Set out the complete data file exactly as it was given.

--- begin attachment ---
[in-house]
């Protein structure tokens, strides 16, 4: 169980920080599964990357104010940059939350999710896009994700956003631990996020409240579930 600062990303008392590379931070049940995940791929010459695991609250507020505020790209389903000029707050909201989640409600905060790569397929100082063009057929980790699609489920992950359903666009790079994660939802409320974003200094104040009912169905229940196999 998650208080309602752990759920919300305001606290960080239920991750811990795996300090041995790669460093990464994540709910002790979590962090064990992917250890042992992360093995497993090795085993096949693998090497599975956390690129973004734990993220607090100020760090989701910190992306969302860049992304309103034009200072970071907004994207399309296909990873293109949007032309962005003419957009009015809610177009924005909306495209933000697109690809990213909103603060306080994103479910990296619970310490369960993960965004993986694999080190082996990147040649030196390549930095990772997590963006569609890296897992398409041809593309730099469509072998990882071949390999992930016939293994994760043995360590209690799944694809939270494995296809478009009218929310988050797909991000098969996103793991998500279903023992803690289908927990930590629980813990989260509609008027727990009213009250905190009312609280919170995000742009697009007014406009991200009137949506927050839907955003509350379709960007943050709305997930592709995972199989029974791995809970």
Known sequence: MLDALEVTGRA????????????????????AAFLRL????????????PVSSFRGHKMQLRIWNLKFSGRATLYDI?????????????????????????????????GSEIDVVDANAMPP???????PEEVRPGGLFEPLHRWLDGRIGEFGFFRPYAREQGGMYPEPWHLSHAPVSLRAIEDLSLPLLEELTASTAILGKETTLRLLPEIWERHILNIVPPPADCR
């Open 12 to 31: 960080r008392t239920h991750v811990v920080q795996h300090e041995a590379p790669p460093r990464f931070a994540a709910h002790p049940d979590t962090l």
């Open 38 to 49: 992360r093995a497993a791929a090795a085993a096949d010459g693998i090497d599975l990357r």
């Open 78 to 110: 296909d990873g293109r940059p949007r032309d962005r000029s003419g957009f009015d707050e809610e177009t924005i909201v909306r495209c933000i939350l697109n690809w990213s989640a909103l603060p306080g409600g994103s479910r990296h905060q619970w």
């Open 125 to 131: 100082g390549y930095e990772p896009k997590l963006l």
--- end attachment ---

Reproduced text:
[in-house]
């Protein structure tokens, strides 16, 4: 169980920080599964990357104010940059939350999710896009994700956003631990996020409240579930 600062990303008392590379931070049940995940791929010459695991609250507020505020790209389903000029707050909201989640409600905060790569397929100082063009057929980790699609489920992950359903666009790079994660939802409320974003200094104040009912169905229940196999 998650208080309602752990759920919300305001606290960080239920991750811990795996300090041995790669460093990464994540709910002790979590962090064990992917250890042992992360093995497993090795085993096949693998090497599975956390690129973004734990993220607090100020760090989701910190992306969302860049992304309103034009200072970071907004994207399309296909990873293109949007032309962005003419957009009015809610177009924005909306495209933000697109690809990213909103603060306080994103479910990296619970310490369960993960965004993986694999080190082996990147040649030196390549930095990772997590963006569609890296897992398409041809593309730099469509072998990882071949390999992930016939293994994760043995360590209690799944694809939270494995296809478009009218929310988050797909991000098969996103793991998500279903023992803690289908927990930590629980813990989260509609008027727990009213009250905190009312609280919170995000742009697009007014406009991200009137949506927050839907955003509350379709960007943050709305997930592709995972199989029974791995809970």
Known sequence: MLDALEVTGRA????????????????????AAFLRL????????????PVSSFRGHKMQLRIWNLKFSGRATLYDI?????????????????????????????????GSEIDVVDANAMPP???????PEEVRPGGLFEPLHRWLDGRIGEFGFFRPYAREQGGMYPEPWHLSHAPVSLRAIEDLSLPLLEELTASTAILGKETTLRLLPEIWERHILNIVPPPADCR
């Open 12 to 31: 960080r008392t239920h991750v811990v920080q795996h300090e041995a590379p790669p460093r990464f931070a994540a709910h002790p049940d979590t962090l």
């Open 38 to 49: 992360r093995a497993a791929a090795a085993a096949d010459g693998i090497d599975l990357r």
């Open 78 to 110: 296909d990873g293109r940059p949007r032309d962005r000029s003419g957009f009015d707050e809610e177009t924005i909201v909306r495209c933000i939350l697109n690809w990213s989640a909103l603060p306080g409600g994103s479910r990296h905060q619970w």
């Open 125 to 131: 100082g390549y930095e990772p896009k997590l963006l």